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After 327 days, Malaysia says MH370 disappearance was an accident

The announcement was made this morning to the dismay of victims’ families.

Image: AP/Press Association Images

MALAYSIAN AUTHORITIES HAVE made a major declaration in relation to the Malaysia Airlines plane that went missing last March, ending the search for survivors.

In a statement this morning, the Director General of Civil Aviation in the country said it was “with the heaviest heart and deepest sorrow” that the government was officially declaring MH370 “an accident” and that ”all 239 passengers and crew onboard are presumed to have lost their lives”.

The plane lost contact with air traffic control on 8 March 2014 and its disappearance has remained a mystery, despite extensive efforts by the Malaysian, Chinese and Australian authorities.

Director General Azharuddin Abdul Rahman thanked every country that provided support and assistance for their “generosity in a dark hour”.

Despite the declaration (which means the search is all but called off), Rahman said that underwater searches are still ongoing, adding that the governments of the three nations had “spared no expense and resources”.

“This has been done with the paramount aim to find the aircraft and to seek answers. It has been done in hope of bringing some solace to the families of the passengers and crew on board MH370, which we respectfully refer to as the next-of-kin,” he continued.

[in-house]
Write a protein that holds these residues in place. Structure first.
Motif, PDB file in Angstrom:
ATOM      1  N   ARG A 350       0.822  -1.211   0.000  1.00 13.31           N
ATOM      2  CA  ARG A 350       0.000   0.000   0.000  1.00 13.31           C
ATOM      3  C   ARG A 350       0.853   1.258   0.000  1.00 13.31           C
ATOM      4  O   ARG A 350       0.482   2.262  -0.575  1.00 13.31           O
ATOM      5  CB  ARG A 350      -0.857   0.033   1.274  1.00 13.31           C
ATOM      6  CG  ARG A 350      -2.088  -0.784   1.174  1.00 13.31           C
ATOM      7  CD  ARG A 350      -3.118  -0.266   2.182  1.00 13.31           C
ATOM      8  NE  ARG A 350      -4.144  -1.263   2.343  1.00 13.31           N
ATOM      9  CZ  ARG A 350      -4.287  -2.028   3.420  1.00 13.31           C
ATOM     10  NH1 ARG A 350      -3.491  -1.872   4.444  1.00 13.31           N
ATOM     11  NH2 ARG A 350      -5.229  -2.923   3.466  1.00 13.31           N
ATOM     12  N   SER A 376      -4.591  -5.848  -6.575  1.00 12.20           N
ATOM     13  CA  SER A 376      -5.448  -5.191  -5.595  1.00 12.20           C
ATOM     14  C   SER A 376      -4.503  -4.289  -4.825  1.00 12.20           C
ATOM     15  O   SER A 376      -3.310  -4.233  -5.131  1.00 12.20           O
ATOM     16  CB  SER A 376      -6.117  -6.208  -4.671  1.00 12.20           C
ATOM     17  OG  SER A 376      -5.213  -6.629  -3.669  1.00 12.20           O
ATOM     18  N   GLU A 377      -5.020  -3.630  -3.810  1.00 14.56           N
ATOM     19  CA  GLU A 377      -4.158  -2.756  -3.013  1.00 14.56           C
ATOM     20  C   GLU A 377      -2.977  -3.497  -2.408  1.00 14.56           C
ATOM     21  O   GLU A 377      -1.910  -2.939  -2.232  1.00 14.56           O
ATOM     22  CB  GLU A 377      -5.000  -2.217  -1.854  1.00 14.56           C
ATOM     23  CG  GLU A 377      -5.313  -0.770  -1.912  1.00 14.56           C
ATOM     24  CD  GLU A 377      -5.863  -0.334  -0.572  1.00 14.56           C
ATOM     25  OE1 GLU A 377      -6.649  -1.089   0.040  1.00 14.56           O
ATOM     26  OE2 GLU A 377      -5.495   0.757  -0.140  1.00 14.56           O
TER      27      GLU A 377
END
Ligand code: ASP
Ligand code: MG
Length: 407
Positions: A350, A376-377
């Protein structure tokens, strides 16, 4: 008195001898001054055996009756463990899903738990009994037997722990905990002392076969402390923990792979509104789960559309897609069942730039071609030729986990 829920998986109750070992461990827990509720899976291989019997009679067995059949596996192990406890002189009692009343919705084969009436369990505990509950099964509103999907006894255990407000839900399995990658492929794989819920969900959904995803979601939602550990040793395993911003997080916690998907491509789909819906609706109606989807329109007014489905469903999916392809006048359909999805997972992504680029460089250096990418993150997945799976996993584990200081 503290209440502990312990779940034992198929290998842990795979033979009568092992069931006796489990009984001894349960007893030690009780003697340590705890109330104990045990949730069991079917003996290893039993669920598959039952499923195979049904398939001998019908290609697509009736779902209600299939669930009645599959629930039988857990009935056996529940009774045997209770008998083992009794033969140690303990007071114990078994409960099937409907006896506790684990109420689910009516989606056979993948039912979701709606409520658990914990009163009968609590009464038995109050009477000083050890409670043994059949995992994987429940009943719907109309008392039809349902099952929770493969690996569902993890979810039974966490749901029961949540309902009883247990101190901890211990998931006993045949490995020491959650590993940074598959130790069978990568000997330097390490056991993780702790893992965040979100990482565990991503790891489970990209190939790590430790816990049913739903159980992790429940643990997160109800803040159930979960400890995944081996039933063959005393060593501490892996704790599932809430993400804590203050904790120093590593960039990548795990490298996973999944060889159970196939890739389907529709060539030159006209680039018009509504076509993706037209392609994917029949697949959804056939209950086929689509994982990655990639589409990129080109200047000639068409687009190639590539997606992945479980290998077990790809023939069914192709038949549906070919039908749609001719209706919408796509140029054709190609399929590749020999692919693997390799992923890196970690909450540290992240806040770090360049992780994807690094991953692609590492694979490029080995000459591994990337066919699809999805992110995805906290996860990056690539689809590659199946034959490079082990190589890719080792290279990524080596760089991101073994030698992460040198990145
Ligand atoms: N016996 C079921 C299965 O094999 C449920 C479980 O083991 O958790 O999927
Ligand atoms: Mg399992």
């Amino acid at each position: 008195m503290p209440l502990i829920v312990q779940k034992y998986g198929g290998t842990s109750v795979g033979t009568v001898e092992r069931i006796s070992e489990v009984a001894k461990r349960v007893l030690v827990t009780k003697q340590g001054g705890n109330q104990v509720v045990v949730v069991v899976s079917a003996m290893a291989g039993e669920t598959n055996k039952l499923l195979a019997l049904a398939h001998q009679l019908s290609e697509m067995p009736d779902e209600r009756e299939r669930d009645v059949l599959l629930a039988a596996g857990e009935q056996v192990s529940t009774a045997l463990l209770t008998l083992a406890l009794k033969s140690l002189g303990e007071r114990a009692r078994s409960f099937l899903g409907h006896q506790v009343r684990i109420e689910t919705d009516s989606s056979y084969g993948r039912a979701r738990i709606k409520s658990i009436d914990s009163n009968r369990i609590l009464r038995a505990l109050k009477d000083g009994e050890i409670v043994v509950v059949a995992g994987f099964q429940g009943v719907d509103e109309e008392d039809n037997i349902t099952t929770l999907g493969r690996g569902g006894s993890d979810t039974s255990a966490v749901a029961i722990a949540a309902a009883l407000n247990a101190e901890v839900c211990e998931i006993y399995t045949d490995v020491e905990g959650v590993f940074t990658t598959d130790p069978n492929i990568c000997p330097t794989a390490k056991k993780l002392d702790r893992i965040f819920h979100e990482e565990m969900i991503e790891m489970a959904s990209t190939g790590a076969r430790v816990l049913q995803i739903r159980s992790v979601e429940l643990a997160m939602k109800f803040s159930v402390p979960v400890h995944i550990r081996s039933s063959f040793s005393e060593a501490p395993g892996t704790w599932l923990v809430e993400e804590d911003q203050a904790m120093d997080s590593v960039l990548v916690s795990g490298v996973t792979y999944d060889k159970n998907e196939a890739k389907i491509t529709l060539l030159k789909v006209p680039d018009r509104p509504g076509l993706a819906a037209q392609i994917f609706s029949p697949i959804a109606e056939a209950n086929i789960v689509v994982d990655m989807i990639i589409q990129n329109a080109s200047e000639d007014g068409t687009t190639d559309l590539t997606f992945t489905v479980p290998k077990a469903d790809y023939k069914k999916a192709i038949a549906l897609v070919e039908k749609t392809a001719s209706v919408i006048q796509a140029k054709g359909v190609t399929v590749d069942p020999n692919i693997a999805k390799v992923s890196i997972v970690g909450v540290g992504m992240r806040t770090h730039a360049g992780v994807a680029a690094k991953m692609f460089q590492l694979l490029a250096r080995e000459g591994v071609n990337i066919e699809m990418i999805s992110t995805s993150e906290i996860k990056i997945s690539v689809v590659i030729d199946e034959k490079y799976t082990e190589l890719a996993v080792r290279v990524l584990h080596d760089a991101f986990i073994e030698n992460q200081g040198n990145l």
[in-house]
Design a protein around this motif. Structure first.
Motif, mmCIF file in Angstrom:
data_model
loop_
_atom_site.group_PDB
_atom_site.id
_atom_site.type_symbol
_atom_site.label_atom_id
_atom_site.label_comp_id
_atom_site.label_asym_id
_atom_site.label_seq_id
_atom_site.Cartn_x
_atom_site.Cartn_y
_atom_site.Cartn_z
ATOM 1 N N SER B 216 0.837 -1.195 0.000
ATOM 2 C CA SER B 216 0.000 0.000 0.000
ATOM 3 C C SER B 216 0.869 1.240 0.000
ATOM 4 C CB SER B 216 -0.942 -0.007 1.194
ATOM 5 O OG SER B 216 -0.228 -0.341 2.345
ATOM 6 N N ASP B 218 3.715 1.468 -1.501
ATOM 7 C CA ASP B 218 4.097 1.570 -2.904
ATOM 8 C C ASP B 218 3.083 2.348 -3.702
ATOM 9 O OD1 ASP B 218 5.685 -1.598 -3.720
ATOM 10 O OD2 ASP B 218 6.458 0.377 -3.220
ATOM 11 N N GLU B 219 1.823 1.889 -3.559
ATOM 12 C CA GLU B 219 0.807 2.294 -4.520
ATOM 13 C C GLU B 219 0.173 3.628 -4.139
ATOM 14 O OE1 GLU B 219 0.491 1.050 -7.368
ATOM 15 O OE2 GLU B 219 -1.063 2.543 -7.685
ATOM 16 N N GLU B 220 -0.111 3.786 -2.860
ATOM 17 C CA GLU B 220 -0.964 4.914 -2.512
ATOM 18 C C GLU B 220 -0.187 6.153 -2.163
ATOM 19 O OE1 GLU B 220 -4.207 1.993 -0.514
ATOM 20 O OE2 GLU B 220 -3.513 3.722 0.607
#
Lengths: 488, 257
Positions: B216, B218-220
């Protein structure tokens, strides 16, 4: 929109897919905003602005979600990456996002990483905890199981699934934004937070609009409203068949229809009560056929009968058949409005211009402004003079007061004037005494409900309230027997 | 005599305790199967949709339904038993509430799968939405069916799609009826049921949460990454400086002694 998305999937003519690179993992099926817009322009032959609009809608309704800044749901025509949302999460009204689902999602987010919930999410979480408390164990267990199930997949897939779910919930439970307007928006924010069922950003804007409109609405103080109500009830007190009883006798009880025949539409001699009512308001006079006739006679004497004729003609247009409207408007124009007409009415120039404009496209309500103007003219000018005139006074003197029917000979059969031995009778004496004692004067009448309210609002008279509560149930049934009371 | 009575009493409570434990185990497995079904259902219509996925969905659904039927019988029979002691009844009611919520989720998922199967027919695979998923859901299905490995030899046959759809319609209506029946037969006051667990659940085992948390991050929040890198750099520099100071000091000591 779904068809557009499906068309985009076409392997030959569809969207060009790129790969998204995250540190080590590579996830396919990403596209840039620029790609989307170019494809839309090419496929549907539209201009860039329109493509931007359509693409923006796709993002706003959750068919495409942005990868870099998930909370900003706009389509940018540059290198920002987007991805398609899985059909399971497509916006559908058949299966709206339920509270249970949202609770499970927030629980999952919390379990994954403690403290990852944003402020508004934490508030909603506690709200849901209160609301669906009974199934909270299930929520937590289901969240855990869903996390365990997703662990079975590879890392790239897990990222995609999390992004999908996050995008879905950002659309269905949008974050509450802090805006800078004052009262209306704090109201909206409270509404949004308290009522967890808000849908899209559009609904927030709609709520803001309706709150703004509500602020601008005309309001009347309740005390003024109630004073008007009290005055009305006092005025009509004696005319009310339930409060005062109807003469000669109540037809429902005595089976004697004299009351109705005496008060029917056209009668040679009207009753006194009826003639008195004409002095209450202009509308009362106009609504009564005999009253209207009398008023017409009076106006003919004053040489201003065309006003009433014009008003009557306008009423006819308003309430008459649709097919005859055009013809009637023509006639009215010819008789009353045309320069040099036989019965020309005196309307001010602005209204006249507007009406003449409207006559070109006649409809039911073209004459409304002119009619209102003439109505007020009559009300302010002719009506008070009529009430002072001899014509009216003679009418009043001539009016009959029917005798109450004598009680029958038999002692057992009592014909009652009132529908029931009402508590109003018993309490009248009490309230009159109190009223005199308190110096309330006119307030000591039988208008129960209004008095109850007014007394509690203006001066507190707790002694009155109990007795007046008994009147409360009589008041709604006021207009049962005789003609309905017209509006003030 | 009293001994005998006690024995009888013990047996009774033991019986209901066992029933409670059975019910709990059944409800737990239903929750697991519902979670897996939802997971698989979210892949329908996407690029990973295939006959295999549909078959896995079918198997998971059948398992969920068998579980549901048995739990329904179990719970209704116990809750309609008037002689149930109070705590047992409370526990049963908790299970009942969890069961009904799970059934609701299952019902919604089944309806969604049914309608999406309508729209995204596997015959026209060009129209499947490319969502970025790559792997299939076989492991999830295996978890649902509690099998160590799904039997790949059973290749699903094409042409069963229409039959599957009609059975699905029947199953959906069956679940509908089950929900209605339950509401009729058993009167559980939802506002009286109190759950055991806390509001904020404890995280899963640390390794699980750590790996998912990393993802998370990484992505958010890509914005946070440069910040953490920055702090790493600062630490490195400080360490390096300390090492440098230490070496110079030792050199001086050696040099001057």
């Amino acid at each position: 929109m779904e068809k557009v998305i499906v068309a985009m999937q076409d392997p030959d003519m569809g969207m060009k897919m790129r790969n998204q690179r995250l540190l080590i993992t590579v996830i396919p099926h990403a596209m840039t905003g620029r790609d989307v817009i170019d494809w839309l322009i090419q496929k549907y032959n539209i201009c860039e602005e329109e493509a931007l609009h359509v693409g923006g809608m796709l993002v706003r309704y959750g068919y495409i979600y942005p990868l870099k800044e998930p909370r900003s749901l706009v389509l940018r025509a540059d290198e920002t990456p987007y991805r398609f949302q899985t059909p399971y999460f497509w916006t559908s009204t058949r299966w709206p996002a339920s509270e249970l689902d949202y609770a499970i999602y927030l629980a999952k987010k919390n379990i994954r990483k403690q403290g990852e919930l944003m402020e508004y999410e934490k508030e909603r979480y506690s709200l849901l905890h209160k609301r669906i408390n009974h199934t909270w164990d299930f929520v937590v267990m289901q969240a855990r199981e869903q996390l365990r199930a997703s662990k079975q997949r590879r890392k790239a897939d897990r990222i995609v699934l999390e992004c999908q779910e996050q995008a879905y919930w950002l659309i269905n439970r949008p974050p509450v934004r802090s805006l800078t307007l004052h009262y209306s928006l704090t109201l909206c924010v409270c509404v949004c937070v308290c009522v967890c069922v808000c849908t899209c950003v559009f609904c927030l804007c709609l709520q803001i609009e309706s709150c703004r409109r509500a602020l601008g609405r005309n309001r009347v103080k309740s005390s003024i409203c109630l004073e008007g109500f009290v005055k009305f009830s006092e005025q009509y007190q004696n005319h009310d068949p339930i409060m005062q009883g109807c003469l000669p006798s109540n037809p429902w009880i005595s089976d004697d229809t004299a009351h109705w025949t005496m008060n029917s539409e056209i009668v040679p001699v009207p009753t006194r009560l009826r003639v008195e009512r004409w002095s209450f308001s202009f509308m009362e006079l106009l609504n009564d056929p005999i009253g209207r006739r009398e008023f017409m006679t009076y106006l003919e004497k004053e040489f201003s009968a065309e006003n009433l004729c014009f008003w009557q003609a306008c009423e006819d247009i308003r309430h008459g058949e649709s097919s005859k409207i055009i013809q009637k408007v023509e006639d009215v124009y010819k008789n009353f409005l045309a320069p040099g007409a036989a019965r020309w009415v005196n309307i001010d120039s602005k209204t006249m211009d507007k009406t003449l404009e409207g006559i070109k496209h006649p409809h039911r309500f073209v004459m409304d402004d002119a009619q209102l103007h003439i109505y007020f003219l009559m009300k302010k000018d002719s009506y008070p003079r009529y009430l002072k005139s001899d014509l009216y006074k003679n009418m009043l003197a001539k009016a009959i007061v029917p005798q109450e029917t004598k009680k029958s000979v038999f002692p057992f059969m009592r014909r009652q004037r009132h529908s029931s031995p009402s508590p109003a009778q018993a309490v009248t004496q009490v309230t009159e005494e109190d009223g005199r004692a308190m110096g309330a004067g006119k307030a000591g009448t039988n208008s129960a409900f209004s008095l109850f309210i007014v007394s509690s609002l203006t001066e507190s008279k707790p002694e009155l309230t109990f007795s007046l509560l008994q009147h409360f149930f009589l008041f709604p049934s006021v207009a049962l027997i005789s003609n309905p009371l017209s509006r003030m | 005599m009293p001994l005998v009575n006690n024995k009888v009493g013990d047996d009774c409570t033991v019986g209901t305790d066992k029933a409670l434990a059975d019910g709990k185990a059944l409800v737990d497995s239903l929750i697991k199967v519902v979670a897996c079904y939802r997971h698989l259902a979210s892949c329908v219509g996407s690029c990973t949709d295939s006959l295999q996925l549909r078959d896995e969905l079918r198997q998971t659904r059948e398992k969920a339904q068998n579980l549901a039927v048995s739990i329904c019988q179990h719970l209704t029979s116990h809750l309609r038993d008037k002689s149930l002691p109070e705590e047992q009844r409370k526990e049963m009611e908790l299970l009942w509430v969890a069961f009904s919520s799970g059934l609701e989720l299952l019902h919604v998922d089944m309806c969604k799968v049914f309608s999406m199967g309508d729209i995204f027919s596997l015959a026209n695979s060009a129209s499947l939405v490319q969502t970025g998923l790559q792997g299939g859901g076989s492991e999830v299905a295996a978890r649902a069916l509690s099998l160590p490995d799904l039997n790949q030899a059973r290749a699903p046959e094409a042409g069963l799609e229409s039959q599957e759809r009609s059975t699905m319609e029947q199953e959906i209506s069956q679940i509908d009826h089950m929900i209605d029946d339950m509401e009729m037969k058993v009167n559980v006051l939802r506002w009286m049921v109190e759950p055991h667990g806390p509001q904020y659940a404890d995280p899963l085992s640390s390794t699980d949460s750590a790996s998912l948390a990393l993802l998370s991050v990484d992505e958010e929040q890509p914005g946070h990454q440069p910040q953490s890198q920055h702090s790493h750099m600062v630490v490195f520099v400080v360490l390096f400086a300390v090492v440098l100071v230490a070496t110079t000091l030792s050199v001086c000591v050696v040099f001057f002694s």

“We have endeavoured and pursued every credible lead and reviewed all available data. Despite all these efforts over the last 327 days, the search unfortunately has yet to yield the location of the missing aircraft.”

He later clarified that his government is committed to continue “all reasonable efforts” to bring closure to this “unfortunate tragedy”.

This declaration is by no means the end. We will forge ahead with the cooperation and assistance of the Governments of China and Australia. MH370, its passengers and its crew will always be remembered and honoured.

Four vessels, equipped with sonar technology, are currently searching the sea floor.

Authorities believe that MH370 got into trouble, exhausted its fuel and ended its flight in the southern Indian Ocean. They say there is a defined area of the ocean in which the aircraft must be located.

“This is a remote location, far from any possible landing sites. It is also an area with adverse sea conditions with known depths of more than 6,000 metres,” explained the statement, with the DG going on to say that survivability in the area is “highly unlikely”.

Today’s declaration means compensation payouts to family members of the victims can begin.

“The Government of Malaysia acknowledges that this declaration of the MH370 accident will be very difficult for the families and loved ones of the 227 passengers and 12 crew on
board to consider, much less accept,” continued Rahman.

Thirteen nations have also lost sons and daughters to this tragedy. It is nonetheless important that families try to resume normal lives, or as normal a life as may be possible after this sudden loss.

“Without in any way intending to diminish the feelings of the families, it is hoped that this declaration will enable the families to obtain the assistance they need, in particular through the compensation process.”

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